“This Republic had its beginning, and grew to its present strength, under the protection of certain inalienable political rights—among them the right of free speech, free press, free worship, trial by jury, freedom from unreasonable searches and seizures. They were our rights to life and liberty.
As our Nation has grown in size and stature, however—as our industrial economy expanded—these political rights proved inadequate to assure us equality in the pursuit of happiness.
We have come to a clear realization of the fact that true individual freedom cannot exist without economic security and independence. “Necessitous men are not free men.” People who are hungry and out of a job are the stuff of which dictatorships are made.
In our day these economic truths have become accepted as self-evident. We have accepted, so to speak, a second Bill of Rights under which a new basis of security and prosperity can be established for all regardless of station, race, or creed.
Among these are:
The right to a useful and remunerative job in the industries or shops or farms or mines of the Nation;
The right to earn enough to provide adequate food and clothing and recreation;
The right of every farmer to raise and sell his products at a return which will give him and his family a decent living;
The right of every businessman, large and small, to trade in an atmosphere of freedom from unfair competition and domination by monopolies at home or abroad;
The right of every family to a decent home;
The right to adequate medical care and the opportunity to achieve and enjoy good health;
The right to adequate protection from the economic fears of old age, sickness, accident, and unemployment;
The right to a good education.
All of these rights spell security. And after this war is won we must be prepared to move forward, in the implementation of these rights, to new goals of human happiness and well-being.
America’s own rightful place in the world depends in large part upon how fully these and similar rights have been carried into practice for our citizens. For unless there is security here at home there cannot be lasting peace in the world.
One of the great American industrialists of our day—a man who has rendered yeoman service to his country in this crisis-recently emphasized the grave dangers of “rightist reaction” in this Nation. All clear-thinking businessmen share his concern. Indeed, if such reaction should develop—if history were to repeat itself and we were to return to the so-called “normalcy” of the 1920’s—then it is certain that even though we shall have conquered our enemies on the battlefields abroad, we shall have yielded to the spirit of Fascism here at home.”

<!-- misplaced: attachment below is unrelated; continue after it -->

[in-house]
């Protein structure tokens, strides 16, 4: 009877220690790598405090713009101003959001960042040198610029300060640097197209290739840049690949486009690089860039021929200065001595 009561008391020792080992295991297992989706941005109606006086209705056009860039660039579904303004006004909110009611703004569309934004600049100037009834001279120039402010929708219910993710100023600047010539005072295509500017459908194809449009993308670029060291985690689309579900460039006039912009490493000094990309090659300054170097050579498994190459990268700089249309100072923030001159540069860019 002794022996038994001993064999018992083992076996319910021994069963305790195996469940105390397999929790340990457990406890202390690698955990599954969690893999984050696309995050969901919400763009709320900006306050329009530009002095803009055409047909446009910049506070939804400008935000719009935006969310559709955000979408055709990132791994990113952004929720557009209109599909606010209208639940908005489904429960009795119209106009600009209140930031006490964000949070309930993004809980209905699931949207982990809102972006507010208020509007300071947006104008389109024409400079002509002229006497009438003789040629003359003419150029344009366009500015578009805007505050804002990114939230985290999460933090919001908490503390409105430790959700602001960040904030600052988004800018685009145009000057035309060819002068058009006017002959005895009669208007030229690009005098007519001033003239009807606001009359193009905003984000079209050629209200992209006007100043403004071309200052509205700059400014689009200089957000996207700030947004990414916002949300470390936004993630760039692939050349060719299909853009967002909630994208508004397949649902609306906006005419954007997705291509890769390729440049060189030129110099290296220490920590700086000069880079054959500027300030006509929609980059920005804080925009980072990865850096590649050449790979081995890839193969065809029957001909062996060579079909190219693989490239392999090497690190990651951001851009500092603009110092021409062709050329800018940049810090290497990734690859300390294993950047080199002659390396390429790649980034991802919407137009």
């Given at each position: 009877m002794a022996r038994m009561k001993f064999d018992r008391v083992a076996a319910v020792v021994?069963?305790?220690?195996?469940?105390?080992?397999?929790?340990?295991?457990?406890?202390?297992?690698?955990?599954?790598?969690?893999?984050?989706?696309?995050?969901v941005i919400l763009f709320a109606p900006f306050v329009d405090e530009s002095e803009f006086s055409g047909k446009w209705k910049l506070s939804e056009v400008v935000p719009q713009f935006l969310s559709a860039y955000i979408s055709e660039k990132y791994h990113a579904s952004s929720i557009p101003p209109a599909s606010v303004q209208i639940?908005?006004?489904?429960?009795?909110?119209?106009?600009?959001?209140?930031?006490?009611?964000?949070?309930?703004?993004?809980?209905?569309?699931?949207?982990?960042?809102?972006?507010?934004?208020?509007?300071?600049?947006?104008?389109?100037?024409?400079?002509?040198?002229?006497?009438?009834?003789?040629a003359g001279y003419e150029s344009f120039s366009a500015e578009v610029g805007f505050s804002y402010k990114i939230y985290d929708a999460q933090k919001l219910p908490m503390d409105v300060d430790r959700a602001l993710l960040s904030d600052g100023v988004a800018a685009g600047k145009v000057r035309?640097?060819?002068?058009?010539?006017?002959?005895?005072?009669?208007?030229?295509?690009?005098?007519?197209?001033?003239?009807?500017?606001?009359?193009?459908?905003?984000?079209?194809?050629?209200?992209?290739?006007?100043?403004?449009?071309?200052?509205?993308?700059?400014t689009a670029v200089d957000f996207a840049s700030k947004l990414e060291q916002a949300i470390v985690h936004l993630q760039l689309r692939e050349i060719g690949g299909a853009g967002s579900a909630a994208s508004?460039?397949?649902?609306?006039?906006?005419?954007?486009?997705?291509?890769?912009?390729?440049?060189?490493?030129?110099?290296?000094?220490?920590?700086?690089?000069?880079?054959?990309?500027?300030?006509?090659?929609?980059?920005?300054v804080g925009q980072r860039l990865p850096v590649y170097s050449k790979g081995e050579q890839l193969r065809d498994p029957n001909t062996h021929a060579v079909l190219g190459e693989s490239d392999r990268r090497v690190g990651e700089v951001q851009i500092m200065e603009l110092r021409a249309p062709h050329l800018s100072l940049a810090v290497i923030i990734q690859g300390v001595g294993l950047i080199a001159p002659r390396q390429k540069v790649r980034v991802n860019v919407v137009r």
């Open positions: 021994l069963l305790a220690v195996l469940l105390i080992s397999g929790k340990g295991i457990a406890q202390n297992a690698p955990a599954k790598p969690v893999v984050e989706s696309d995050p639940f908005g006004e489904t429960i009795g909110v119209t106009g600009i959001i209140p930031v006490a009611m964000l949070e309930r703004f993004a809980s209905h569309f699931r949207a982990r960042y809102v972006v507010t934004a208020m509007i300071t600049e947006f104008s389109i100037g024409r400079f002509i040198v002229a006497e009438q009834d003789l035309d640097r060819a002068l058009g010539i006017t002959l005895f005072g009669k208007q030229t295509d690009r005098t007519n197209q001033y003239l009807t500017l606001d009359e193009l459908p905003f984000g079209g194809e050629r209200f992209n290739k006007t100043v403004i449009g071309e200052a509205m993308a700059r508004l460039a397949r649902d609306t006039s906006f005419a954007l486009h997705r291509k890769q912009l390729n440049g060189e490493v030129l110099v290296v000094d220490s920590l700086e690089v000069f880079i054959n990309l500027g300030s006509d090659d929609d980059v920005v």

-President Franklin D. Roosevelt, State of the Union Message to Congress
January 11, 1944
When FDR spoke these words 67 years ago, The American people had just come through two of the greatest traumas of our history. The great depression shattered the lives of millions and exposed the unaccountable power held by banks and industry over the lives of individuals. The rise of totalitarianism in Europe and Asia sparked a conflict that threatened to burn the entire world.
History never repeats, but it does rhyme. Our current economic catastrophe is mild in comparison to the Depression, and the two wars we find ourselves embroiled in are smaller in scale than the wars in Europe and the Pacific. This doesn’t matter much to the newly homeless family or the newly dead soldier. A tragedy on a more limited scale is no less of a tragedy, and is even moreso if it is preventable. Today, as then, people are wondering “is this really the best of all possible worlds?”
Some of us are convinced that it is fine for the very wealthiest to continue to consolidate power and capital and use that same power to influence, with almost no regulation or oversight, the political process. The basic idea is that this is a world of winners and losers, and if you can’t make it, that’s your fault. I got mine, now screw off. Shockingly few of those who espouse this philosophy are billionaires. Most are as firmly entrenched on the “loser” side of this equation as their foes on the left. The difference is a dogmatic faith that things are gonna turn around and if they just work a little harder, give up a little more, they will be up there on top of the pyramid. Anything that goes wrong for them is the fault of government overreach. And still the carrot is raised higher.